Source Code Authorship Analysis For Supporting the Cybercrime Investigation Process

Source Code Authorship Analysis For Supporting the Cybercrime Investigation Process

Georgia Frantzeskou, Stephen G. MacDonell, Efstathios Stamatatos
DOI: 10.4018/978-1-60566-836-9.ch020
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Nowadays, in a wide variety of situations, source code authorship identification has become an issue of major concern. Such situations include authorship disputes, proof of authorship in court, cyber attacks in the form of viruses, trojan horses, logic bombs, fraud, and credit card cloning. Source code author identification deals with the task of identifying the most likely author of a computer program, given a set of predefined author candidates. We present a new approach, called the SCAP (Source Code Author Profiles) approach, based on byte-level n-grams in order to represent a source code author’s style. Experiments on data sets of different programming-language (Java,C++ and Common Lisp) and varying difficulty (6 to 30 candidate authors) demonstrate the effectiveness of the proposed approach. A comparison with a previous source code authorship identification study based on more complicated information shows that the SCAP approach is language independent and that n-gram author profiles are better able to capture the idiosyncrasies of the source code authors. It is also demonstrated that the effectiveness of the proposed model is not affected by the absence of comments in the source code, a condition usually met in cyber-crime cases.
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Section 1. Introduction

Statement of the Problem

With the increasingly pervasive nature of software systems, cases arise in which it is important to identify the author of a usually limited piece of programming code. Such situations include cyber attacks in the form of viruses, Trojan horses and logic bombs, fraud and credit card cloning, code authorship disputes, and intellectual property infringement.

Why do we believe it is possible to identify the author of a computer program? Humans are creatures of habit and habits tend to persist. That is why, for example, we have a handwriting style that is consistent during periods of our life, although the style may vary, as we grow older. Does the same apply to programming? Could we identify programming constructs that a programmer uses all the time? Spafford and Weber (1993) suggested that a field they called software forensics could be used to examine and analyze software in any form, be it source code for any language or executable programs, to identify the author. Spafford and Weber wrote the following of software forensics:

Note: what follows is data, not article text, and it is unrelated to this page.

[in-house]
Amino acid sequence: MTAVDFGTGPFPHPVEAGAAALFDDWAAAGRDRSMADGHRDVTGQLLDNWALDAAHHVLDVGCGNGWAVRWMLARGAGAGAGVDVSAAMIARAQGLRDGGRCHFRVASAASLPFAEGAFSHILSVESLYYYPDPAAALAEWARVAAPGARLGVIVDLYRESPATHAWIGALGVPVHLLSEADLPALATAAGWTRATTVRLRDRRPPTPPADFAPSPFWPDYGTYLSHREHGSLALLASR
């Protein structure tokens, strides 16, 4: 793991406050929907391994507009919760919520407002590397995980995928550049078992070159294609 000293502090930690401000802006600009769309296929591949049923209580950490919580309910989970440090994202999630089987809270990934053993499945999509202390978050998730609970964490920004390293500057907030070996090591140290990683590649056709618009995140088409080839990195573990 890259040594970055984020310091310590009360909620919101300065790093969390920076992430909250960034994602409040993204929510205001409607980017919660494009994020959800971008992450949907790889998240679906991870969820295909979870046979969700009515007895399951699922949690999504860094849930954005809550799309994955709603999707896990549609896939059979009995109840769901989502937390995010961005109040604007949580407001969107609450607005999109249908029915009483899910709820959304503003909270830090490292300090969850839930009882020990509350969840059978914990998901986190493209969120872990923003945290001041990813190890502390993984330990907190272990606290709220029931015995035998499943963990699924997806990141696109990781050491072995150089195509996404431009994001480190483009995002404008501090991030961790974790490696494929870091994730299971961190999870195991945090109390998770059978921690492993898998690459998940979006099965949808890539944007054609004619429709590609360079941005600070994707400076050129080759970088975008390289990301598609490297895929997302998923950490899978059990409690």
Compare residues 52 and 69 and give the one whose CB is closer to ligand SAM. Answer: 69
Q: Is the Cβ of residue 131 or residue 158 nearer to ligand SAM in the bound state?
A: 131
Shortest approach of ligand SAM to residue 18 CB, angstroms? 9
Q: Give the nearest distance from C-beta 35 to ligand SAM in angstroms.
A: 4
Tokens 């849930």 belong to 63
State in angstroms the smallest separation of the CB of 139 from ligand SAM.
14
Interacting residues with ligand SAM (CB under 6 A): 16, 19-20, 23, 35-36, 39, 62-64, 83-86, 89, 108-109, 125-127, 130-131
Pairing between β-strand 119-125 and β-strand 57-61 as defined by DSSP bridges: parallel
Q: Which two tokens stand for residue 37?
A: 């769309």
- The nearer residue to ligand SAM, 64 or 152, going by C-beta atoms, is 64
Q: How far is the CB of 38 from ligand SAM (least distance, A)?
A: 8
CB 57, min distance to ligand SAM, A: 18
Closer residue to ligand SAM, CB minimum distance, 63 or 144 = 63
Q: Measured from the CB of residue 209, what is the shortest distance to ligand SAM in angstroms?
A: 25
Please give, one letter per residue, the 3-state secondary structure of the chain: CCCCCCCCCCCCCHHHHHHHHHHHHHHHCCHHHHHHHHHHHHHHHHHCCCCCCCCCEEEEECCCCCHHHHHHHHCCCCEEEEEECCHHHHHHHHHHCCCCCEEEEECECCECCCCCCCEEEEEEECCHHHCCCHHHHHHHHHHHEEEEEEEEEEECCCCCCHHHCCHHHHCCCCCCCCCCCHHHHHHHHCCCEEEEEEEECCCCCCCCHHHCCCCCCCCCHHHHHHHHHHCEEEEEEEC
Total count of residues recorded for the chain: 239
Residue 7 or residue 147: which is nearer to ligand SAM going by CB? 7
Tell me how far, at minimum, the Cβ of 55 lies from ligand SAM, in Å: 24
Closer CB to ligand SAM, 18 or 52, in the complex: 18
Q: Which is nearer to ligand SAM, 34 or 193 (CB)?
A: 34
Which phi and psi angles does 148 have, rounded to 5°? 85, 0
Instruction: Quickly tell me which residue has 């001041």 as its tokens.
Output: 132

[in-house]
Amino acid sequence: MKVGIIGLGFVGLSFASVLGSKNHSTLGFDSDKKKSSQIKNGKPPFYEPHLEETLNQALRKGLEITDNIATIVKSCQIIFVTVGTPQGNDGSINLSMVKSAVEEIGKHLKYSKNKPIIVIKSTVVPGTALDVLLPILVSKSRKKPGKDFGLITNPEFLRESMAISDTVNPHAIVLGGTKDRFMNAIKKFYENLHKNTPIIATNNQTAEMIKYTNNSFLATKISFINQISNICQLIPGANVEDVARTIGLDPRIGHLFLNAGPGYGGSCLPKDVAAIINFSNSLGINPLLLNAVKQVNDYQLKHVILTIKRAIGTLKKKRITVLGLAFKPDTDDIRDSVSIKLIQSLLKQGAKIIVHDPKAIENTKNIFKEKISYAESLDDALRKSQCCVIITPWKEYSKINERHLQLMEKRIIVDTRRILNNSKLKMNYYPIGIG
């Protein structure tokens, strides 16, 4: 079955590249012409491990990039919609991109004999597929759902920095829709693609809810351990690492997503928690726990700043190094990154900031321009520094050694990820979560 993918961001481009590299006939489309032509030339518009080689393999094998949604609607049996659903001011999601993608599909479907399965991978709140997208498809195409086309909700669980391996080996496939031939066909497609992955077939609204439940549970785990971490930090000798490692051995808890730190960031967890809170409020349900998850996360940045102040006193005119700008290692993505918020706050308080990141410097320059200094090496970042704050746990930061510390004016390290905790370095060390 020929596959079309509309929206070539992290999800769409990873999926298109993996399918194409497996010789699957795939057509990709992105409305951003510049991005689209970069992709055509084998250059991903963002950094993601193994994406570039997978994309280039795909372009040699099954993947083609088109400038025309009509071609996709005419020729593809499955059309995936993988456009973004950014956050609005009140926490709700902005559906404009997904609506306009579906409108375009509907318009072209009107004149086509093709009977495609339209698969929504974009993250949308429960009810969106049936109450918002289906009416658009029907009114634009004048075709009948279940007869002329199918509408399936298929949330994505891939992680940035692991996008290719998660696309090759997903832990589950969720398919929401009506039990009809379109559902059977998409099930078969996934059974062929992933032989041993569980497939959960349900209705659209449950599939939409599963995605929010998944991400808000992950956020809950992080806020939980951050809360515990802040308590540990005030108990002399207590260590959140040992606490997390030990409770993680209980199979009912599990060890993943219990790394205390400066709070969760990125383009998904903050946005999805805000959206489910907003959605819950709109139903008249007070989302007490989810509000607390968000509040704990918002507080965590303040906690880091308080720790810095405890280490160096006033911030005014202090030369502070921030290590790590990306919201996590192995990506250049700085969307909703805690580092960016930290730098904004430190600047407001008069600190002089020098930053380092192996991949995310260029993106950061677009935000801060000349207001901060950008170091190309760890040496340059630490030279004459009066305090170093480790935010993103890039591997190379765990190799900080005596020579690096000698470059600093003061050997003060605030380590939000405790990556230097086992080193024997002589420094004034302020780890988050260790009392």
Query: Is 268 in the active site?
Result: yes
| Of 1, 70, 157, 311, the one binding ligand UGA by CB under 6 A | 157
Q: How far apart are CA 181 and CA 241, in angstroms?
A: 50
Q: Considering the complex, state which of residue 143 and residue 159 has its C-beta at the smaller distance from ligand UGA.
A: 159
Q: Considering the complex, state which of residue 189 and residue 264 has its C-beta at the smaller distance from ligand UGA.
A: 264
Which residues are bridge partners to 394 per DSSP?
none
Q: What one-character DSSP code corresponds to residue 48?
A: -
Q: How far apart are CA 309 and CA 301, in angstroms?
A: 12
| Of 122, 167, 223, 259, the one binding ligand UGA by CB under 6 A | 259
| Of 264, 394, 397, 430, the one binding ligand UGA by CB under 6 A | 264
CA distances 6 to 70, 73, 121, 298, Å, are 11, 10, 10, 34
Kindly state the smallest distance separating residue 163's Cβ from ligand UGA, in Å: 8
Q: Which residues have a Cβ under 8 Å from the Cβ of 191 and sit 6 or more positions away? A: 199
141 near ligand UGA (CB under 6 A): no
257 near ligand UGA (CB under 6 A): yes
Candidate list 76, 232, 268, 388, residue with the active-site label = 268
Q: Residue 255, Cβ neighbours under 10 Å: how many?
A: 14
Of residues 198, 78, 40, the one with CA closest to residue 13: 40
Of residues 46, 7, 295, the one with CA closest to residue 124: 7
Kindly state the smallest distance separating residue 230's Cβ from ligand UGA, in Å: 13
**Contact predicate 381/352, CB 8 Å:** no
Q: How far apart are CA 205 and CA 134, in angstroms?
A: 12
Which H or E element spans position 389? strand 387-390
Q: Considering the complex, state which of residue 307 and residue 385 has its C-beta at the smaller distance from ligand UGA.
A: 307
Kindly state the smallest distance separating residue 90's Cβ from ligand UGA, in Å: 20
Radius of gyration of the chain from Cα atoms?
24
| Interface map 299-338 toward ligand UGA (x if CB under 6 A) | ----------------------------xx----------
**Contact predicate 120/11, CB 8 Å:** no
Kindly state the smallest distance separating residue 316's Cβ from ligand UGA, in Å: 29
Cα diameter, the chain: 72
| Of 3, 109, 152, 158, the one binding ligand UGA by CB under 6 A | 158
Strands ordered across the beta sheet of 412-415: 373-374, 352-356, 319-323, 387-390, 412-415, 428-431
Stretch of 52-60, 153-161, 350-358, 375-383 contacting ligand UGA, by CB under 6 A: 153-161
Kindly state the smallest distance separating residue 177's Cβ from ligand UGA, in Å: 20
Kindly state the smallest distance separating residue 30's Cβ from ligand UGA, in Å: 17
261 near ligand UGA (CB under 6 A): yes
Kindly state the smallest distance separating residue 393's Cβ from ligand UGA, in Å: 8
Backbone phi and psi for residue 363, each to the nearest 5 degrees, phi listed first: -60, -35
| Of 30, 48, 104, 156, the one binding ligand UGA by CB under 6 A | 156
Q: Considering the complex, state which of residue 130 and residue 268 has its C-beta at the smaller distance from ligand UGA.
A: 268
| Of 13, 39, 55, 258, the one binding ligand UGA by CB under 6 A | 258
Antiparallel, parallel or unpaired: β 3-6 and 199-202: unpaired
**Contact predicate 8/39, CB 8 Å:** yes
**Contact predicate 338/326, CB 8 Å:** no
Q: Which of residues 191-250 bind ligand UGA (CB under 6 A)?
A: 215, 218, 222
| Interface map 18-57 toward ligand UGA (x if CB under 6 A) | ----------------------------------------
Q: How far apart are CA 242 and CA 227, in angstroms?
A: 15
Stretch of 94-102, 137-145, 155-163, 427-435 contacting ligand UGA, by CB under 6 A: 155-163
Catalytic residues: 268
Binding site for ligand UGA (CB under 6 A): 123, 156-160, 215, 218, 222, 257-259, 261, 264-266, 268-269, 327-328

“It would be similar to the use of handwriting analysis by law enforcement officials to identify the authors of documents involved in crimes or to provide confirmation of the role of a suspect”

The closest parallel is found in computational linguistics. Authorship analysis in natural language texts, including literary works has been widely debated for many years, and a large body of knowledge has been developed. Authorship analysis on computer software, however, is different and more difficult than in natural language texts.

Several reasons make this problem difficult. Programmers reuse code, programs are developed by teams of programmers, and programs can be altered by code formatters and pretty printers.

Identifying the authorship of malicious or stolen source code in a reliable way has become a common goal for digital investigators. Spafford and Weber (1993) have suggested that it might be feasible to analyze the remnants of software after a computer attack, through means such as viruses, worms or Trojan horses, and identify its author through characteristics of executable code and source code. Zheng et al. (2003) proposed the adoption of an authorship analysis framework in the context of cybercrime investigation to help law enforcement agencies deal with the identity tracing problem.